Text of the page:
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UK Housing Market

Gove’s planning shake-up set to unlock 11,500 new homes

England’s twenty biggest towns and cities set to witness a significant boost in brownfield development 
David Hannah, Group Chairman of Cornerstone Tax, whilst welcoming the government’s shift in priorities, urges the Levelling Up Department to pursue more than ‘piecemeal tinkering’  

Tuesday saw the Levelling Up Secretary Michael Gove outline a host of new policies intended to boost the UK’s struggling housing supply amidst political pressure ahead of the upcoming General Election. The package of measures aims to shake-up the current process for planning permission, making it easier for developers to build on derelict – brownfield – sites across England’s 20 biggest towns and cities. Ministers are currently hoping that the new policies will lead to an extra 11,500 homes being built in London alone, with nationwide estimates yet to be shared. According to David Hannah, Group Chairman of Cornerstone Tax, the UK’s leading property tax advisory, welcomes the government’s shift in priorities, but argues that the proposed package is “too little too late”.

"Tuesday’s announcement from the Levelling Up Department amounts to desperate political tinkering from a government that’s long-neglected the ongoing housing crisis."

David Hannah
Group Chairman 


The government’s proposed “brownfield-first approach” will prioritise new developments on sites such as old car parks and former industrial estates, with the announcement aiming to “turbocharge” planning in towns and cities that fail to hit 95% of their housebuilding targets. Despite this, experts from across both property and construction sectors have criticised the new rules as inadequate, failing to make up for previous policies that have caused significant damage to construction volumes, such as Rishi Sunak’s decision to scrap compulsory housebuilding targets in late 2022.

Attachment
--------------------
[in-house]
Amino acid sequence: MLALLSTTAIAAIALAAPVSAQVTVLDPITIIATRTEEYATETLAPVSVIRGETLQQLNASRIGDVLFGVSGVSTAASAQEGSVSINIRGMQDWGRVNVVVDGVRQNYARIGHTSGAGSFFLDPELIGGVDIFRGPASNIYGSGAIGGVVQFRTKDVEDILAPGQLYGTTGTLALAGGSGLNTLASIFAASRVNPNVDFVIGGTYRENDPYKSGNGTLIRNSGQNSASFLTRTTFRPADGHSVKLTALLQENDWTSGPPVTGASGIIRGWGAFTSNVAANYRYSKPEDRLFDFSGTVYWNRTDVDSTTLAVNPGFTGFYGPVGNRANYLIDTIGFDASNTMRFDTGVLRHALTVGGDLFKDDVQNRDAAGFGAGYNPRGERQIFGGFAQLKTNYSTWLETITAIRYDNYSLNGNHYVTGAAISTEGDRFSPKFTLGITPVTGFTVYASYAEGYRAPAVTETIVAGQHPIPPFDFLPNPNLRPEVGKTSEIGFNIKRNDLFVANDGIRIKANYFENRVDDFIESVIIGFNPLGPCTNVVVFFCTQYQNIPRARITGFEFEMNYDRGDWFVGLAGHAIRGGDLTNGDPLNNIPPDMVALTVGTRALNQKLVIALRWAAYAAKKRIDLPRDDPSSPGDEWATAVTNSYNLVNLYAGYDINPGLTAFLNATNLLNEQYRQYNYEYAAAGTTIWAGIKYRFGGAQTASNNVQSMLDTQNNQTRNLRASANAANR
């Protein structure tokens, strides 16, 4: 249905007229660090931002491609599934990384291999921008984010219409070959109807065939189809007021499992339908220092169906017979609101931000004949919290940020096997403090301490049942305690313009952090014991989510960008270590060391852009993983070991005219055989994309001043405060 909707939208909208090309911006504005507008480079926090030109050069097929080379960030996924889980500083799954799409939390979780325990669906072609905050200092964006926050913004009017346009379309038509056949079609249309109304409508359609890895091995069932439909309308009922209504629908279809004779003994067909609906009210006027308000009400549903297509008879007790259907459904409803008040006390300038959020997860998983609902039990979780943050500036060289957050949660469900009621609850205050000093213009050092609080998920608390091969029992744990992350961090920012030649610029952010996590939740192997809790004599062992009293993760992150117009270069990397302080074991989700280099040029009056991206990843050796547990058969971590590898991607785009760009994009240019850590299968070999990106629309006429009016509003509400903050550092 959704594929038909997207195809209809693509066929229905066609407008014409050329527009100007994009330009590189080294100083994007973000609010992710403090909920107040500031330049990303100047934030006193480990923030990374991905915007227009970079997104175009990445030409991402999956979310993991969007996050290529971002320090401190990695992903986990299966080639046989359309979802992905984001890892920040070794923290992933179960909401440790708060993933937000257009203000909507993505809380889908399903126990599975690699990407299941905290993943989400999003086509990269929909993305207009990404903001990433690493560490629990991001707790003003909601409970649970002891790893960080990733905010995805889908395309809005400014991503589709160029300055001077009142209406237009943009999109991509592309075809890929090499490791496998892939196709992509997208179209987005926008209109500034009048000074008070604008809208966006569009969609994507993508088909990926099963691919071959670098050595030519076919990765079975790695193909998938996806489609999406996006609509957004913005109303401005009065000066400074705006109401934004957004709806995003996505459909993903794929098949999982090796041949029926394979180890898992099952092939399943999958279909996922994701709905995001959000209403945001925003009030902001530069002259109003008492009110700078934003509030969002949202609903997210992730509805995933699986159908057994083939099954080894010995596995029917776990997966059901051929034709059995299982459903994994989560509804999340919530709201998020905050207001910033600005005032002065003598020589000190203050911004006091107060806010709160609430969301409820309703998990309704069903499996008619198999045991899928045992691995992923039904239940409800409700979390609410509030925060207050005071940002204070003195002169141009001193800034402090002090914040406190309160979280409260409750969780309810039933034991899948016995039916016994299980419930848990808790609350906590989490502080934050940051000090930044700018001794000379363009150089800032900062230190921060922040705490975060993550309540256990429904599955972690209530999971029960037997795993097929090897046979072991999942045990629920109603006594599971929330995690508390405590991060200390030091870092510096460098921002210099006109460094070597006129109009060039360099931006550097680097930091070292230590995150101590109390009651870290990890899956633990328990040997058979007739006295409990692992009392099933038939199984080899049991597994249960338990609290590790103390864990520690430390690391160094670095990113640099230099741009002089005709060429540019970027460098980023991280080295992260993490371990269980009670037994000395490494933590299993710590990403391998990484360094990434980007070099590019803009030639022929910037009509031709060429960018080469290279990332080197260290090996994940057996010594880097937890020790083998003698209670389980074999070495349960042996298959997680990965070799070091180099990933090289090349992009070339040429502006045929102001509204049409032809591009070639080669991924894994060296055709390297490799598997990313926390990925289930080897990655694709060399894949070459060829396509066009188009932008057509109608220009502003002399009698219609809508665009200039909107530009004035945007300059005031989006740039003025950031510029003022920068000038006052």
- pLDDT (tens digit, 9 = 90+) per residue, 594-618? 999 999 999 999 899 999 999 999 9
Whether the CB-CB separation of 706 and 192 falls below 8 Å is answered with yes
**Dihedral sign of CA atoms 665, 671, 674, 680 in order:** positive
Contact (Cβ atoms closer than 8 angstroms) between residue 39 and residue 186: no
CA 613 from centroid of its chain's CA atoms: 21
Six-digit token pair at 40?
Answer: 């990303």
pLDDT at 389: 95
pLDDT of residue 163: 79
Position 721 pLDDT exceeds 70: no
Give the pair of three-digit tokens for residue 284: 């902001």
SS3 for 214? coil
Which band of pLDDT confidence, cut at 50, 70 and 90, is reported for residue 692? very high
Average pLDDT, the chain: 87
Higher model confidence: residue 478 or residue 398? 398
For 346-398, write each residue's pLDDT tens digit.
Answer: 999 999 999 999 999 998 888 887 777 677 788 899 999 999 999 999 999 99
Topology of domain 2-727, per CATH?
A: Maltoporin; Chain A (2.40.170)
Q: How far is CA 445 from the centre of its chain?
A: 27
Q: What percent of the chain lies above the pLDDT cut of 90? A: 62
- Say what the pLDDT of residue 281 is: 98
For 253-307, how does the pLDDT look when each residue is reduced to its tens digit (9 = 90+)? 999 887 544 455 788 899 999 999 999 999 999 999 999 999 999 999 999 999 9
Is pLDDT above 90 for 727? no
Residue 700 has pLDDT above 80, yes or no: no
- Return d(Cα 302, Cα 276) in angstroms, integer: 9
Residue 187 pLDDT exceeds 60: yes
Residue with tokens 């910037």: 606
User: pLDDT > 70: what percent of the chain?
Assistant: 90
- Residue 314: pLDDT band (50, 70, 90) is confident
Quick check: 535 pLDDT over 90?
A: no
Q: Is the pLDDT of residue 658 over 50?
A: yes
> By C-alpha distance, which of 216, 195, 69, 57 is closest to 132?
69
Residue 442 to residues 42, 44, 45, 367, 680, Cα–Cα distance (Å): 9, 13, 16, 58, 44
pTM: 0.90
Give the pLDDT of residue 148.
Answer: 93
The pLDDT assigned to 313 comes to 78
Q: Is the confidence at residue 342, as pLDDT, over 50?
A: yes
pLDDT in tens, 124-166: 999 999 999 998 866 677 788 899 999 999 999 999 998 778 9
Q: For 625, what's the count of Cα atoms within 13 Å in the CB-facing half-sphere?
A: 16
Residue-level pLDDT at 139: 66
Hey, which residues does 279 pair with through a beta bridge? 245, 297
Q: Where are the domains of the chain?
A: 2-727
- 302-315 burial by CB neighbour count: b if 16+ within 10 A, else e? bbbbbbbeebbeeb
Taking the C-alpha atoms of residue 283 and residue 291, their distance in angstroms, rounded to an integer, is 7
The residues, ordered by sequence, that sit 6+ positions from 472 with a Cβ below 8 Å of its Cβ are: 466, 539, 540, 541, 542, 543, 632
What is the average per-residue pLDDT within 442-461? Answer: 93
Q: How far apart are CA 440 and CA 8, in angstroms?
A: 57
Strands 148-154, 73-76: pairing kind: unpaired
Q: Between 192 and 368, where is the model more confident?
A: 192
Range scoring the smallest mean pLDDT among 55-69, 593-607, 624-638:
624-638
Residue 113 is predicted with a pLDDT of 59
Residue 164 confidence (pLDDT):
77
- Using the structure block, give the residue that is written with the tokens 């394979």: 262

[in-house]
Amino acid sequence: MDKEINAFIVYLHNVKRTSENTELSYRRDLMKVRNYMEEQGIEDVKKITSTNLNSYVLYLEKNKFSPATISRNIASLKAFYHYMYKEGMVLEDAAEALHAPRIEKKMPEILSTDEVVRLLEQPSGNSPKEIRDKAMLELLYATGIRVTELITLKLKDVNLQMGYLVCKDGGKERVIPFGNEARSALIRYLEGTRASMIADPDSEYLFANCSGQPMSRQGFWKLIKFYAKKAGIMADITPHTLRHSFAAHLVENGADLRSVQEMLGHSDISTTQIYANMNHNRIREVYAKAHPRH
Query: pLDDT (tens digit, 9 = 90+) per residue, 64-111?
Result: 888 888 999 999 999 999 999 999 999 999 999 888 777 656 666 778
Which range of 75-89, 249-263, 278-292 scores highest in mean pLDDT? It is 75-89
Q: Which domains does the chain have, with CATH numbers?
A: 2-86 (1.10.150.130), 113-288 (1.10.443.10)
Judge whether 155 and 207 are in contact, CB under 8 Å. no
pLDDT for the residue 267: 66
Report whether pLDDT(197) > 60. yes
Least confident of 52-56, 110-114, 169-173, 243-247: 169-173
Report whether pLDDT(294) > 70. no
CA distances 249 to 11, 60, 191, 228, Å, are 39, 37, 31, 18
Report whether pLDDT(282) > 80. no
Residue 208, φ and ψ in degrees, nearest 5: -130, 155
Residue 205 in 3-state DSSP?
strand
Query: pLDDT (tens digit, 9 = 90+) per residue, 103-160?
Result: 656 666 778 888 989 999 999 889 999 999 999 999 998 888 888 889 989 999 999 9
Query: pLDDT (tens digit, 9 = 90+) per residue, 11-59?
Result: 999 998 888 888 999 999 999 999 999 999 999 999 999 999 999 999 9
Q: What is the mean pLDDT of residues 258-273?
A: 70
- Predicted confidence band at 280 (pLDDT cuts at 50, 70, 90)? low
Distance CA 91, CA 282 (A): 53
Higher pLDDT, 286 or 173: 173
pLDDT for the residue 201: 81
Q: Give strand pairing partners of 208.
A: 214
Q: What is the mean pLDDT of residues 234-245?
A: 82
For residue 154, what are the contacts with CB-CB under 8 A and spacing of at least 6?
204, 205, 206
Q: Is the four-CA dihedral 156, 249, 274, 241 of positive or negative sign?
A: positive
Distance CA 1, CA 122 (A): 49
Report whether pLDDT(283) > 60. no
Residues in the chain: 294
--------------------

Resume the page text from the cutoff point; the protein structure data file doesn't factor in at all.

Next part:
According to David Hannah, the move amounts to “piecemeal tinkering” from a government that’s continuously neglected to resolve the fundamental challenges of the UK’s housing market. The abolition of housing targets and the Sunak’s concession on his pledge to build 300,000 new homes by the mid-2020s proves that the Conservatives are struggling to decide where their priorities lie. Hannah asserts that the government should focus on reforming the private rental sector, resolving the obstacles that prevent new landlords from entering the market and continue to contribute to the current affordability crisis across the UK’s cities.   

David Hannah, Group Chairman of Cornerstone Tax, comments:
“Tuesday’s announcement from the Levelling Up Department amounts to desperate political tinkering from a government that’s long-neglected the ongoing housing crisis. 
Gove must prioritise whether “houses” or “homes” are more important to the voting public, the current crisis in the rental sector continues to put many would-be buyers off of making that first big purchase – this can be demonstrated across the country, where an increasing number of landlords have left the market in response to the rising costs associated with their property.

This crisis could be eased by removing the second home surcharge from bona fide private rental sector investors giving them a reduction in their acquisition costs and also reinstating full relief for mortgage interest payments in common with other businesses that have to borrow money to provide their services. 
This double measure would have both reduced the costs of purchase, whilst allowing landlords to freeze, or even potentially cut, rents which have had to have both these penal measures “costed in” over the last few years. It would also stimulate purchases in the market at a time when owner occupiers are unable to purchase because of affordability issues.”  

David Hannah, Group Chairman
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